There was in this institution a young Scandinavian girl named Bodil with whom I became friendly. She told me her story. Ten years earlier, she visited a Camphill to work during the holidays, then she decided to stay all year, and then beyond. Now, without a school diploma and without qualifications, she realized she could not go anywhere else. She had cut her ties with her family and friends and had no base to return to in her country. She also had no more savings, since she did not receive a salary. She told me that all this was probably due to the fact that in a previous incarnation she had been a Viking who had done much harm to Ireland, and now she must make amends. She felt trapped. Distress was evident in her eyes. This is probably the reason that, when I was approached by the leaders of this Camphill inviting me to stay among them all year round, I declined, although not without some hesitation. Indeed, the idea of living in such a community was appealing to me, even if I was getting fatigued after just one month. But I felt deep within me that I had to return to France to continue my studies.
Within this Camphill, the leaders adopted a resolutely hostile attitude toward psychology and psychoanalysis, which they saw as incarnations of evil. "There are no psychologists here!" the main leader proudly repeated, although many patients there had significant psychological disorders that should have received skilled care. "We are all therapists!" he stated, when I expressed misgivings. It becomes clear why he took this line when you read the harsh criticism that Rudolf Steiner directed at psychoanalysis. Even Jung found no favor in his eyes, since Jung failed to open himself to the "spiritual wisdom" of Anthroposophy.  After my departure, I exchanged letters with a young German who had decided to stay for a year. She was responsible for a teenage girl who suffered from a growth disorder and significant symptoms of paralysis. In a Camphill, each worker is attached to a "house," led by one family, and must specifically assist one or two disabled children. One day, I received a letter in which my correspondent said that the paralyzed teenage girl in her care had died after suffocating in her sleep, and the police had come to ask questions and launch an official investigation. My pen pal seemed completely traumatized. I received no further news from her. This event is, in my opinion, typical of what can happen in this kind of institution when very important responsibilities are assigned to young people who lack qualifications, requiring them to bind themselves to disabled children from morning to night as if they were their own offspring (sometimes even sleeping in the same room!), without an institutional framework that would allow them to develop some perspective and to receive the necessary support in the event of problems of the kind that befell this young German.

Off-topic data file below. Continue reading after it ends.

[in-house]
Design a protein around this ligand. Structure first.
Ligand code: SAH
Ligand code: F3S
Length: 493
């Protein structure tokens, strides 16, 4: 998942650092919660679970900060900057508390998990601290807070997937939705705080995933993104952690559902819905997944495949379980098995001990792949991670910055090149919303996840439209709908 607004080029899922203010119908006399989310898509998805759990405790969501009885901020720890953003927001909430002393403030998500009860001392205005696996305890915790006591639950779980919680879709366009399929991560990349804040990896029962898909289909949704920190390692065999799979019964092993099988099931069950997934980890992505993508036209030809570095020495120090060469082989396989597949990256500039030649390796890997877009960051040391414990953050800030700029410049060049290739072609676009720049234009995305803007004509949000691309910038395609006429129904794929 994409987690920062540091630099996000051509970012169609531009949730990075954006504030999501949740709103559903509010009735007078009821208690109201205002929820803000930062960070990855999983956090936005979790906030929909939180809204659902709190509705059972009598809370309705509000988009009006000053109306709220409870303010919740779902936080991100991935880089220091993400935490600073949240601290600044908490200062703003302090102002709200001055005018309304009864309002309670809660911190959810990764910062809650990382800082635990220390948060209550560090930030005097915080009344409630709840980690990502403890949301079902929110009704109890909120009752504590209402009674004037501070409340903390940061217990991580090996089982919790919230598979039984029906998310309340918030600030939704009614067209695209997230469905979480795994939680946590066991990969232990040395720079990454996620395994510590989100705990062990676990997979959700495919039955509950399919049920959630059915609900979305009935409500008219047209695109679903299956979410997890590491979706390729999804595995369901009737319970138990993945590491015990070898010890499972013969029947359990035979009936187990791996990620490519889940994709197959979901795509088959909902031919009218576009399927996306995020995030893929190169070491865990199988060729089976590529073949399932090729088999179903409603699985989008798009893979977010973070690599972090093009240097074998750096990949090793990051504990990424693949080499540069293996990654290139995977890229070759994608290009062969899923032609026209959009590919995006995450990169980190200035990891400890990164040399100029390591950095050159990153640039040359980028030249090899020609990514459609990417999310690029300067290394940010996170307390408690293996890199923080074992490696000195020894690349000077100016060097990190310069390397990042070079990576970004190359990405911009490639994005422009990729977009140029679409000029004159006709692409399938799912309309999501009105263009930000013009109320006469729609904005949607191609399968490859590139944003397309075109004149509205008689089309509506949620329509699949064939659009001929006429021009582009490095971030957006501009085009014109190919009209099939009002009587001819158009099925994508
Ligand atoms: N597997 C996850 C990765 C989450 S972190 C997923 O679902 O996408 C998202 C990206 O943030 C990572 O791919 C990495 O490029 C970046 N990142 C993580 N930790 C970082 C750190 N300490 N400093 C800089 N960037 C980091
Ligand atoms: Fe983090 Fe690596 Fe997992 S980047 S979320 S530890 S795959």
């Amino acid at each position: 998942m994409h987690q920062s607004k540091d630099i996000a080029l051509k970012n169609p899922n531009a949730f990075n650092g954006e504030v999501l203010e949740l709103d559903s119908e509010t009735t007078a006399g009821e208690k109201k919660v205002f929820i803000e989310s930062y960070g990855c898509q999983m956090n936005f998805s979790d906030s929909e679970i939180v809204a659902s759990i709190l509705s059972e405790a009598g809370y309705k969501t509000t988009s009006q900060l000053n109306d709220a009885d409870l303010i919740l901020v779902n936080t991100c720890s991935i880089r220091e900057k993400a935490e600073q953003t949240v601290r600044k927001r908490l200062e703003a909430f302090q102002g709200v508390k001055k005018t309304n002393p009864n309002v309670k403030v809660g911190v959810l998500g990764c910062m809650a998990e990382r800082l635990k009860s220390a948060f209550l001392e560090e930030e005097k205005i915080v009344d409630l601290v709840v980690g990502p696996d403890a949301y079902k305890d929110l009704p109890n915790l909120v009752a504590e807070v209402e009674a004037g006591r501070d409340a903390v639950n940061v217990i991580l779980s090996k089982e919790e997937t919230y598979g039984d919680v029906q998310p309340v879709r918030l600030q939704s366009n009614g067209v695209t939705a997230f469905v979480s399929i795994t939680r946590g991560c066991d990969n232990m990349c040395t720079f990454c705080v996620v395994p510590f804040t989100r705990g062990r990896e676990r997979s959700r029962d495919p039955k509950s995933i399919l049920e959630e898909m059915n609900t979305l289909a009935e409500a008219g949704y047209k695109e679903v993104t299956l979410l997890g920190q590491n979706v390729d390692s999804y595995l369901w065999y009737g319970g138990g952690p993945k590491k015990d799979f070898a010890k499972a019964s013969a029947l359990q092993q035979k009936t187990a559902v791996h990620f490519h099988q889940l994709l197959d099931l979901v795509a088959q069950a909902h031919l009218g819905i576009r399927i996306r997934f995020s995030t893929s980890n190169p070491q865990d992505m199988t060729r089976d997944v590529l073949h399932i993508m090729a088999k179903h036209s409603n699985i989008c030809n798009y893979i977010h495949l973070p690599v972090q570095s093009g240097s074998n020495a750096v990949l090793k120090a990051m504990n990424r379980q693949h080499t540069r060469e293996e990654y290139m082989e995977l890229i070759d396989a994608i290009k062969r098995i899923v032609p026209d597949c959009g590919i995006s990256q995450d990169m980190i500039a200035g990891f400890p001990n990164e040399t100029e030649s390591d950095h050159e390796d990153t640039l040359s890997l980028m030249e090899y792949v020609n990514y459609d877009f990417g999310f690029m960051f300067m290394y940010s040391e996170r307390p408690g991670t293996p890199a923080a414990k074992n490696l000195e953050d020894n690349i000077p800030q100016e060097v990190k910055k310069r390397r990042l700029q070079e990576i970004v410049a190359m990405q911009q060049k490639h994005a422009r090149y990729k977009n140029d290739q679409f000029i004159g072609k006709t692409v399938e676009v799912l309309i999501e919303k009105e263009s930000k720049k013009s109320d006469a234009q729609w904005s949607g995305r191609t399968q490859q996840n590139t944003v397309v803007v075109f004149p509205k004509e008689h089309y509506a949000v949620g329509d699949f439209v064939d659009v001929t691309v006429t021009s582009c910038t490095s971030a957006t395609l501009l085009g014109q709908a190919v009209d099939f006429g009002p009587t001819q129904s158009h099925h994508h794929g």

Entering the Anthroposophical Society
Divided within Myself
During my college studies, I continued to follow the Anthroposophic conferences at the Rue de la Grande Chaumiere, reading Anthroposophic magazines and also the books of Rudolf Steiner. I remember being in the paradoxical situation of working as an intern at a secular publishing house  while carrying around Anthroposophic journals in my bag. It was as if I were cleaved in twain.
In my opinion, such a cleavage is characteristic of Anthroposophists. The esoteric teachings of Rudolf Steiner constitute a body of secret knowledge. Of course, we must spread it, but it deals with mysteries that only the elect are meant to possess. It is therefore inherently something that we do not pass around; instead, we guard it closely among ourselves. Even when we disclose it, we do so under the seal of secrecy.  It is a kind of virus that is injected into individual bodies but that should never leave the interior of those bodies. The process of cleavage is particularly enacted if you become a member of the School of Spiritual Science.  Indeed, it is forbidden for members of the School to pass the School's mantras and lessons to ordinary members of the Anthroposophical Society. A member of the School of Spiritual Science is thus doubly separated from the world, because he is divided even from ordinary Anthroposophists.